While you're here, make the most of our seafood specialities
Our freshly caught fish and shellfish have won a special place on local restaurant menus. Live langoustines (or scampi) jostle for place on the fishmongers' stalls. Their fine, delicate meat, like that of the spider crabs and lobsters, lends itself to the most simple cooking styles as well as the most refined and adventurous professional recipes.
The sardine, on the other hand, is the king of local dishes - indeed, in Douarnenez, the sardine is practically a cultural reference! You can try it raw, lightly marinated, grilled and braised or in a delicate savoury tart. Even after you've left Douarnenez you can still enjoy it all year round by taking home a few of the tinned sardines on which our town built its reputation.
There are two sorts of oysters: the common and the flat. You can try them ready-prepared in restaurants as well as buying them direct from the suppliers, known as ‘ostréiculteurs‘.
The common oyster
These are usually found along the coast near Saint Malo, Paimpol or even in the Gulf of Morbihan.
The flat oyster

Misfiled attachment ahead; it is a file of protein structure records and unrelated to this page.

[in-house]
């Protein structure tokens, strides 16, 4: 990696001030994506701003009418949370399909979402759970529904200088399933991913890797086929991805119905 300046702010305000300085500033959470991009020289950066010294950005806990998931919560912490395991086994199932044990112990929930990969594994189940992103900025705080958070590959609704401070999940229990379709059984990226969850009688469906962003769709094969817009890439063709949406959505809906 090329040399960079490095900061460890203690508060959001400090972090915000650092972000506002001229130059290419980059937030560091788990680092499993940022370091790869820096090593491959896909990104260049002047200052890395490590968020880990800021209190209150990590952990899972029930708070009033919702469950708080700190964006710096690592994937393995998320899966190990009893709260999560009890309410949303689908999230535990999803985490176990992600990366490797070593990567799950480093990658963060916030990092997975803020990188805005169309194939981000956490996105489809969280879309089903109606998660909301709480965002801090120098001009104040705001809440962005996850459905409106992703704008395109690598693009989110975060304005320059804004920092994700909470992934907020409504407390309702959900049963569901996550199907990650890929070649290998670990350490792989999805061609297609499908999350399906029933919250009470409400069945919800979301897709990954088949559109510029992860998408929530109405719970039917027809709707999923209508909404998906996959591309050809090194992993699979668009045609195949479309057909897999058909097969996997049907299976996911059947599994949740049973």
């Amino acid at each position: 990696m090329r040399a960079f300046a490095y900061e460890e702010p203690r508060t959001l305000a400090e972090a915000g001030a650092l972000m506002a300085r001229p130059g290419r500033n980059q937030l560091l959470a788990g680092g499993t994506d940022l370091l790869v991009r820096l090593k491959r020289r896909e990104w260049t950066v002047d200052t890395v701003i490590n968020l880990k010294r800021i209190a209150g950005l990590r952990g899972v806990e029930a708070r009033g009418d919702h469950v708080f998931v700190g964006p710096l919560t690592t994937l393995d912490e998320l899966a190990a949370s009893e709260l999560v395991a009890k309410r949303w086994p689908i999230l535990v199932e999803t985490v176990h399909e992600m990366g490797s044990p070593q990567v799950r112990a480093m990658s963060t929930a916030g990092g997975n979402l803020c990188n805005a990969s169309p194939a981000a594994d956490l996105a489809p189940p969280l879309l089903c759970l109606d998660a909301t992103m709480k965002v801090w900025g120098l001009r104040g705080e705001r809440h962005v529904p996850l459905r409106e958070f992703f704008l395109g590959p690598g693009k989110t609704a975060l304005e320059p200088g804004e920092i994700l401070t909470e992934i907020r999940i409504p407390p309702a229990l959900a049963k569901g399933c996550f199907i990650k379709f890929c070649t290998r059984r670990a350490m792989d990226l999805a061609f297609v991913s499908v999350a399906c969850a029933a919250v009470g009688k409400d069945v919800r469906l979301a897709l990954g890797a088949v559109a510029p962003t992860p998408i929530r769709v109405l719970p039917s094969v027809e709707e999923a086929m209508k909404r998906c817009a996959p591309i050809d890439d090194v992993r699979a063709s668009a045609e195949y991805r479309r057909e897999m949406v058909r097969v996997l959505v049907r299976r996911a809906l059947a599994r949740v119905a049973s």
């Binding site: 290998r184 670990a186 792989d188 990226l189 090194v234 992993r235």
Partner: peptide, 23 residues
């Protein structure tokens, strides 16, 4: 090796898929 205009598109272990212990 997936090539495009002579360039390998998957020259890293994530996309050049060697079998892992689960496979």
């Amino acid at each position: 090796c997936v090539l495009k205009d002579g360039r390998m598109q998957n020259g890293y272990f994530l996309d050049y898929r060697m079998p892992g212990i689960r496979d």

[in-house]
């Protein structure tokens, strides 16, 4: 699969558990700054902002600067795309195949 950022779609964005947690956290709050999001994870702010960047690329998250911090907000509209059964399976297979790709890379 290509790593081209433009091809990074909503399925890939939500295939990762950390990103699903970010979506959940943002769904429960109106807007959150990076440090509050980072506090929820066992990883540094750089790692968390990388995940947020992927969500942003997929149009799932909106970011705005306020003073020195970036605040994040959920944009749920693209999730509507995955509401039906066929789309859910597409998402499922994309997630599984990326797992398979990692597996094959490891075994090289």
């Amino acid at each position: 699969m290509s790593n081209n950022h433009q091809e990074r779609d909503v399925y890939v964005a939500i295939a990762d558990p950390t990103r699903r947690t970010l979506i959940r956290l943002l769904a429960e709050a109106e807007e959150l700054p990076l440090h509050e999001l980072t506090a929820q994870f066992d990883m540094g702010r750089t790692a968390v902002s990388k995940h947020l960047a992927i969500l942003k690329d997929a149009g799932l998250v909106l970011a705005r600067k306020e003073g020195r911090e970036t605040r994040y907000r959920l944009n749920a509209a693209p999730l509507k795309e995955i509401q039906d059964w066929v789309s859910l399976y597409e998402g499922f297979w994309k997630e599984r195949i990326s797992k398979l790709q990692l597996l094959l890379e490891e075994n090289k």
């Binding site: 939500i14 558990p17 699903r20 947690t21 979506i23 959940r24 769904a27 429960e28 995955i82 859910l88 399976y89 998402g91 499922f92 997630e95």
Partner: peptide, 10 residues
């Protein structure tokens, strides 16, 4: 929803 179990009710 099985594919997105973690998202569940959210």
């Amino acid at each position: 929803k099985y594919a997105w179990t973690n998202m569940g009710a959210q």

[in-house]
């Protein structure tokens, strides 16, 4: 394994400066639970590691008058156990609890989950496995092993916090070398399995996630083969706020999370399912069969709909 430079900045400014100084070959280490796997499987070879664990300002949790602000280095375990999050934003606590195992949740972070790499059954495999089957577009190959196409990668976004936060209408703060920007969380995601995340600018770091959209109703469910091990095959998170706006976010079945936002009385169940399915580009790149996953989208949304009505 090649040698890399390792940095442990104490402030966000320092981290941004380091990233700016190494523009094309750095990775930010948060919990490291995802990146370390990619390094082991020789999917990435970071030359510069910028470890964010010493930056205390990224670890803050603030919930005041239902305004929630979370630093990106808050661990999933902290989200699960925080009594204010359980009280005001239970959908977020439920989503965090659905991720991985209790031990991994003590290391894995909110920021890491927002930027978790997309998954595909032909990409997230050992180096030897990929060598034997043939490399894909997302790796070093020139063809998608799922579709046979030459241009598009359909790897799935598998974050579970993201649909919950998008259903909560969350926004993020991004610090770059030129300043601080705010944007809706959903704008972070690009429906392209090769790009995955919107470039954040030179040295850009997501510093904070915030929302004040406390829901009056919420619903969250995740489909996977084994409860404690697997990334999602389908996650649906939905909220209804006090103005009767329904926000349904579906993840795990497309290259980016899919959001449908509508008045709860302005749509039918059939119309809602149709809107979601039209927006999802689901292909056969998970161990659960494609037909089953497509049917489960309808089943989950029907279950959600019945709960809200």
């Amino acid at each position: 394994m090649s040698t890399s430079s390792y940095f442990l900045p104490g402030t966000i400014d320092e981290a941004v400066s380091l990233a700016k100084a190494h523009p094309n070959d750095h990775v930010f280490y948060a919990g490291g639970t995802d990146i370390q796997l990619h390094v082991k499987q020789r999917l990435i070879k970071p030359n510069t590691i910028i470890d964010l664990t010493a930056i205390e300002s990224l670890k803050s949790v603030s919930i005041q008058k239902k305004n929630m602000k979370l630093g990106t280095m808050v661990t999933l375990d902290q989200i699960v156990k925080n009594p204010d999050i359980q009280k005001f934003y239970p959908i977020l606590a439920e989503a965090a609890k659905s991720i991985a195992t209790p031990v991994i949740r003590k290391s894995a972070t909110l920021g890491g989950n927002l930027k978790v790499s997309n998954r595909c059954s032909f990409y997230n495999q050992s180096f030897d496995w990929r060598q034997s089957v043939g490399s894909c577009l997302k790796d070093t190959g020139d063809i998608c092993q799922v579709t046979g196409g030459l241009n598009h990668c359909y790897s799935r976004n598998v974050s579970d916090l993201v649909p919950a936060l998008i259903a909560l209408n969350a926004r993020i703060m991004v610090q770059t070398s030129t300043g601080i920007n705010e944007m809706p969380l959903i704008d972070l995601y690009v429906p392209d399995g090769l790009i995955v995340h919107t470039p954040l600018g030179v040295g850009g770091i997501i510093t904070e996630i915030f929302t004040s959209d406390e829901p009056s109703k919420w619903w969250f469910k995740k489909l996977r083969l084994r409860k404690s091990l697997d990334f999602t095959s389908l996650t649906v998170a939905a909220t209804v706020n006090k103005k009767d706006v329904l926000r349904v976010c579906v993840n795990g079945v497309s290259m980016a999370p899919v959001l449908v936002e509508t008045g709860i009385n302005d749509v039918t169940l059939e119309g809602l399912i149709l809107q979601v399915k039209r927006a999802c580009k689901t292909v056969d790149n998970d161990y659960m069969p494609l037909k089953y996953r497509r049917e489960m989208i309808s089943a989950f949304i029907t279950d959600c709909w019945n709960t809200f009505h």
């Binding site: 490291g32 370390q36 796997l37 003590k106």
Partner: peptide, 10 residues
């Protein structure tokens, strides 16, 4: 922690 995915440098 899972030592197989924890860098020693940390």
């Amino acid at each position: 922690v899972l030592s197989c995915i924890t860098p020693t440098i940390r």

These prefer deeper waters. The most famous are those of Riec-sur-Bélon in south Finistère.
One of the best lobsters in the world, the Breton lobster is easily recognisable thanks to its beautiful colouring, black with blue flecks. Our local ones usually come from the nearby Île de Sein.
Scallops (La coquille saint Jacques)
Adored by true gourmets, the ‘Saint Jacques' scallops are often fished from the waters of St Brieuc Bay near Brest, but can also be found in Douarnenez Bay itself. Even the top chefs choose our local scallops to grace their dishes.
The Atlantic Ocean is full of them. There are countless ways to enjoy a good sardine: tinned, grilled, baked in an oven, whatever you prefer - but Douarnenez sardines are at their very best in summer.
Whatever the variety, crabs can be prepared in all manner of ways with all kinds of ingredients or, for those who truly appreciate them, simply cooked and eaten unflavoured. They are fished from right along the Atlantic Coast in the sandy waters up to 50 metres deep.
Known as ‘moules de bouchot' in Brittany, our local mussels are small but very flavoursome. They are usually cooked with white wine, onions and garlic (‘à la marinière') or with cream (‘à la crème').
Fish soup and other tinned goods
The Breton tradition of tinned and preserved fish has gained a worldwide reputation despite the decline of the industry over the last twenty years. Nevertheless there are still three major factory sites including Wenceslas-Chancerelle, who produce one of the longest-running brands, Connétable, still a market-leader. The two others in Douarnenez are Cobreco and Paulet.